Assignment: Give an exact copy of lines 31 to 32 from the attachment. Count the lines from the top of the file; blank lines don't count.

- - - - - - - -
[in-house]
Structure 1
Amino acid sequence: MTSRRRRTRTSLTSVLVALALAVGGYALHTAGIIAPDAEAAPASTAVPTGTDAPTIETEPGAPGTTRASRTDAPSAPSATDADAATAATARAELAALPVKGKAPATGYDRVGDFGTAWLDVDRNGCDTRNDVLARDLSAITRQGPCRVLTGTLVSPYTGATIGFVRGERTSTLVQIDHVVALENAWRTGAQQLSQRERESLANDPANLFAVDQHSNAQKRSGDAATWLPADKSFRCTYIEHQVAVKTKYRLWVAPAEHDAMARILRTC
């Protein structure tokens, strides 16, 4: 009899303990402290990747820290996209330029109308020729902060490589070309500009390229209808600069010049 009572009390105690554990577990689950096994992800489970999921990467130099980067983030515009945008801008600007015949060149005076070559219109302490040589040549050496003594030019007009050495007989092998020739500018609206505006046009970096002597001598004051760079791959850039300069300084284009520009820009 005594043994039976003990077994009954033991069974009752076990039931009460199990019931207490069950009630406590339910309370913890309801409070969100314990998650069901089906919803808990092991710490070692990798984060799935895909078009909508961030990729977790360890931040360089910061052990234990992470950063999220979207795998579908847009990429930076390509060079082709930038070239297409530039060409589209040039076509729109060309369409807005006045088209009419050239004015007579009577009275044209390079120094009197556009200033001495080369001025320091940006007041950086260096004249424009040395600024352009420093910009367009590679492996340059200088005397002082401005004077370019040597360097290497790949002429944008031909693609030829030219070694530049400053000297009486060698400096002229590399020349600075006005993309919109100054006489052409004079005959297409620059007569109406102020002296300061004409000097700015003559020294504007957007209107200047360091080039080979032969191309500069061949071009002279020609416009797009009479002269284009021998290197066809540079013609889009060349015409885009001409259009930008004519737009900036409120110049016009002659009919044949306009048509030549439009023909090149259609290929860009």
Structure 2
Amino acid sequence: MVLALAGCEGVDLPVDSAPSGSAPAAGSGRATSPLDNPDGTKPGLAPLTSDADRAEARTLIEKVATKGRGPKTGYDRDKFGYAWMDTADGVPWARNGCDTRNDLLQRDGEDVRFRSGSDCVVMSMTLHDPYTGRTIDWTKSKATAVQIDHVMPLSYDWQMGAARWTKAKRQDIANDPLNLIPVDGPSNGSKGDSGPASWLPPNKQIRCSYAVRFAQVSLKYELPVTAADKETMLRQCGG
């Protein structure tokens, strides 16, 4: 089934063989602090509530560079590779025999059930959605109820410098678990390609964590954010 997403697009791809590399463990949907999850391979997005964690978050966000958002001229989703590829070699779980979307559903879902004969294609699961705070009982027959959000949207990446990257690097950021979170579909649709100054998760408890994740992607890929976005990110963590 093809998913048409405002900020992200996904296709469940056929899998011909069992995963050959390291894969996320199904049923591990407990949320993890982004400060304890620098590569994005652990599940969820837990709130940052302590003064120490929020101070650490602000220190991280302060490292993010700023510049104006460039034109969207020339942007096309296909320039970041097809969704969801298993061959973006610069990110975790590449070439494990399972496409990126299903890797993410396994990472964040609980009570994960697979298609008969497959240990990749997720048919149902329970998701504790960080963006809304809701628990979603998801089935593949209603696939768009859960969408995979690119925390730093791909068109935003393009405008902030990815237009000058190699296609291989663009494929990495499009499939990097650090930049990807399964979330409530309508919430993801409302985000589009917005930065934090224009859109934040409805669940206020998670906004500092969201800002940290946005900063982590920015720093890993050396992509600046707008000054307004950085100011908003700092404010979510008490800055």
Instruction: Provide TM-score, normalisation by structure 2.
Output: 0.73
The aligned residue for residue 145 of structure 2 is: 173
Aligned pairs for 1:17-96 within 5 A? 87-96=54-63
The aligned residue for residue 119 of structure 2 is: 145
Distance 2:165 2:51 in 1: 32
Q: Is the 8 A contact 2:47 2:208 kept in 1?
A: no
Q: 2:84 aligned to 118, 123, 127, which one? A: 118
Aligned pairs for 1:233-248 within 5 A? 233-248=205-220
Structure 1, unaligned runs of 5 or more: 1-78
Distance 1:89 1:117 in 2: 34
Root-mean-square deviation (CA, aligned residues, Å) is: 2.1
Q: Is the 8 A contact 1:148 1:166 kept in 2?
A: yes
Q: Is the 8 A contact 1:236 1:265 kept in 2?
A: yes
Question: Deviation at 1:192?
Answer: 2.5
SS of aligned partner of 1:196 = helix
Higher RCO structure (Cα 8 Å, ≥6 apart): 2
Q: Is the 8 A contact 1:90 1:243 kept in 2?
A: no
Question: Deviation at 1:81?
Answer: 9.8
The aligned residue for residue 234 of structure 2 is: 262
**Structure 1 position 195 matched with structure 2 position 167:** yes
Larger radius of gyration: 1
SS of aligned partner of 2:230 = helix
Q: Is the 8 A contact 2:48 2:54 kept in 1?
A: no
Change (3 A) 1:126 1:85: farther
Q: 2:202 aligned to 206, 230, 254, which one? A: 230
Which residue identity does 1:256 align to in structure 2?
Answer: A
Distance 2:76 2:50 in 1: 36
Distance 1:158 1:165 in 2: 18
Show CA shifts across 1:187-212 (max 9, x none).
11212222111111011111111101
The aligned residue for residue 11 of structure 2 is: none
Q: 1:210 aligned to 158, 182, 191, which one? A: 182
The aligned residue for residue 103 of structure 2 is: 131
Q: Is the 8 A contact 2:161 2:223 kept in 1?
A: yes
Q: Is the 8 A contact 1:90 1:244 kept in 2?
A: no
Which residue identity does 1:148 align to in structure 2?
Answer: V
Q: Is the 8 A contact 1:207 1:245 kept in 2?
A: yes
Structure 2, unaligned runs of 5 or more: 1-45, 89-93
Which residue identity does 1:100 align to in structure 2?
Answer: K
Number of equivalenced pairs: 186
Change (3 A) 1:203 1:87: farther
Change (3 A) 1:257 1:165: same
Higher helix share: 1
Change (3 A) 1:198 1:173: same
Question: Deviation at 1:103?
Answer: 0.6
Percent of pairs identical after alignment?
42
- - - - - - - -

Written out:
Question: Deviation at 1:81?
Answer: 9.8